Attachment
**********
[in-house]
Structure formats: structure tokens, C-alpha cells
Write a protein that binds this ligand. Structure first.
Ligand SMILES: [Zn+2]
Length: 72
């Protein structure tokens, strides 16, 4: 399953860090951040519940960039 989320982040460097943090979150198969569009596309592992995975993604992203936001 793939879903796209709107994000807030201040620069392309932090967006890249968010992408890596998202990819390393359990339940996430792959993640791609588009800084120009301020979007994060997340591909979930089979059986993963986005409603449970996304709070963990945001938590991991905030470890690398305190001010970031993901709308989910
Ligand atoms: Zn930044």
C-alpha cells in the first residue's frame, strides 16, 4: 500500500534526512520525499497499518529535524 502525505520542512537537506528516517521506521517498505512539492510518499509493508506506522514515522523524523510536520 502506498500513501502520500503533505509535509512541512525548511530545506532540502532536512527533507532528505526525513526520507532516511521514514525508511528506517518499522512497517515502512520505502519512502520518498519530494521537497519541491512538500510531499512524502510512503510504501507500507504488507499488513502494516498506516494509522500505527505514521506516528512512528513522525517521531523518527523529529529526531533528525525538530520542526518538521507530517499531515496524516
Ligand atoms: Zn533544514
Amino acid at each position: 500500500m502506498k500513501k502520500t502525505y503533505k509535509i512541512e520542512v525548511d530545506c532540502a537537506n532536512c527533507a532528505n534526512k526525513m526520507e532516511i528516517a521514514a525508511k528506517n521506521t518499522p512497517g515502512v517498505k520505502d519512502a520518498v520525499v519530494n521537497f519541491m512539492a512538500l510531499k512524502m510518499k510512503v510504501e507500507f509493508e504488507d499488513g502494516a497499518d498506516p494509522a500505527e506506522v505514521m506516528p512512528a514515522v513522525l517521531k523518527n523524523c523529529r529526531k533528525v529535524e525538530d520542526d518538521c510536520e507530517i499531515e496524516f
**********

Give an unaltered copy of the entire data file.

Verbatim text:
[in-house]
Structure formats: structure tokens, C-alpha cells
Write a protein that binds this ligand. Structure first.
Ligand SMILES: [Zn+2]
Length: 72
């Protein structure tokens, strides 16, 4: 399953860090951040519940960039 989320982040460097943090979150198969569009596309592992995975993604992203936001 793939879903796209709107994000807030201040620069392309932090967006890249968010992408890596998202990819390393359990339940996430792959993640791609588009800084120009301020979007994060997340591909979930089979059986993963986005409603449970996304709070963990945001938590991991905030470890690398305190001010970031993901709308989910
Ligand atoms: Zn930044």
C-alpha cells in the first residue's frame, strides 16, 4: 500500500534526512520525499497499518529535524 502525505520542512537537506528516517521506521517498505512539492510518499509493508506506522514515522523524523510536520 502506498500513501502520500503533505509535509512541512525548511530545506532540502532536512527533507532528505526525513526520507532516511521514514525508511528506517518499522512497517515502512520505502519512502520518498519530494521537497519541491512538500510531499512524502510512503510504501507500507504488507499488513502494516498506516494509522500505527505514521506516528512512528513522525517521531523518527523529529529526531533528525525538530520542526518538521507530517499531515496524516
Ligand atoms: Zn533544514
Amino acid at each position: 500500500m502506498k500513501k502520500t502525505y503533505k509535509i512541512e520542512v525548511d530545506c532540502a537537506n532536512c527533507a532528505n534526512k526525513m526520507e532516511i528516517a521514514a525508511k528506517n521506521t518499522p512497517g515502512v517498505k520505502d519512502a520518498v520525499v519530494n521537497f519541491m512539492a512538500l510531499k512524502m510518499k510512503v510504501e507500507f509493508e504488507d499488513g502494516a497499518d498506516p494509522a500505527e506506522v505514521m506516528p512512528a514515522v513522525l517521531k523518527n523524523c523529529r529526531k533528525v529535524e525538530d520542526d518538521c510536520e507530517i499531515e496524516f